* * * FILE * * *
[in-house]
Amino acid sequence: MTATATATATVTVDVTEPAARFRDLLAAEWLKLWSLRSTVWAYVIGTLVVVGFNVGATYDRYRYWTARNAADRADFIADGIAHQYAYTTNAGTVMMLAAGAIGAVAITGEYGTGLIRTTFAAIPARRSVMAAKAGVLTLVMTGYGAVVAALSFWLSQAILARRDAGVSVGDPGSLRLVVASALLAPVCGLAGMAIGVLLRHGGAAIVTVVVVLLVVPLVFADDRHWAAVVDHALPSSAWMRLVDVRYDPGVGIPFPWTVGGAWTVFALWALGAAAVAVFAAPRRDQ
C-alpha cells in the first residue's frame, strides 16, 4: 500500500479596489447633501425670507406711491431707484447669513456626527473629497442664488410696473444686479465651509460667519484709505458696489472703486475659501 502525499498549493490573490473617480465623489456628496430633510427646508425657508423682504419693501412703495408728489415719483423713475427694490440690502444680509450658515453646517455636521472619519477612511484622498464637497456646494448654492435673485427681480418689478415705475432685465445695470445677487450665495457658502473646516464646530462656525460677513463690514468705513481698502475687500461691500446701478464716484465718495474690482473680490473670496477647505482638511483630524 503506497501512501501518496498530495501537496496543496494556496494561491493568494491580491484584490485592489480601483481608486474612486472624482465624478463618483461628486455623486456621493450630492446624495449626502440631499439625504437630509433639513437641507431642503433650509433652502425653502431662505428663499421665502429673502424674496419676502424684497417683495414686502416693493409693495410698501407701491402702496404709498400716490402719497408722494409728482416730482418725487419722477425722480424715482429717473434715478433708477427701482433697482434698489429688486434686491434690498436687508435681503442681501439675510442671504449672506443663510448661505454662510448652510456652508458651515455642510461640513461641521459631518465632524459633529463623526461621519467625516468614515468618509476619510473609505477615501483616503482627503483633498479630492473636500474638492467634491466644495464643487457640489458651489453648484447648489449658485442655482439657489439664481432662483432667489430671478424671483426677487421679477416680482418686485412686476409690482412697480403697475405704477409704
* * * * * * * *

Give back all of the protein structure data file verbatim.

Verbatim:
[in-house]
Amino acid sequence: MTATATATATVTVDVTEPAARFRDLLAAEWLKLWSLRSTVWAYVIGTLVVVGFNVGATYDRYRYWTARNAADRADFIADGIAHQYAYTTNAGTVMMLAAGAIGAVAITGEYGTGLIRTTFAAIPARRSVMAAKAGVLTLVMTGYGAVVAALSFWLSQAILARRDAGVSVGDPGSLRLVVASALLAPVCGLAGMAIGVLLRHGGAAIVTVVVVLLVVPLVFADDRHWAAVVDHALPSSAWMRLVDVRYDPGVGIPFPWTVGGAWTVFALWALGAAAVAVFAAPRRDQ
C-alpha cells in the first residue's frame, strides 16, 4: 500500500479596489447633501425670507406711491431707484447669513456626527473629497442664488410696473444686479465651509460667519484709505458696489472703486475659501 502525499498549493490573490473617480465623489456628496430633510427646508425657508423682504419693501412703495408728489415719483423713475427694490440690502444680509450658515453646517455636521472619519477612511484622498464637497456646494448654492435673485427681480418689478415705475432685465445695470445677487450665495457658502473646516464646530462656525460677513463690514468705513481698502475687500461691500446701478464716484465718495474690482473680490473670496477647505482638511483630524 503506497501512501501518496498530495501537496496543496494556496494561491493568494491580491484584490485592489480601483481608486474612486472624482465624478463618483461628486455623486456621493450630492446624495449626502440631499439625504437630509433639513437641507431642503433650509433652502425653502431662505428663499421665502429673502424674496419676502424684497417683495414686502416693493409693495410698501407701491402702496404709498400716490402719497408722494409728482416730482418725487419722477425722480424715482429717473434715478433708477427701482433697482434698489429688486434686491434690498436687508435681503442681501439675510442671504449672506443663510448661505454662510448652510456652508458651515455642510461640513461641521459631518465632524459633529463623526461621519467625516468614515468618509476619510473609505477615501483616503482627503483633498479630492473636500474638492467634491466644495464643487457640489458651489453648484447648489449658485442655482439657489439664481432662483432667489430671478424671483426677487421679477416680482418686485412686476409690482412697480403697475405704477409704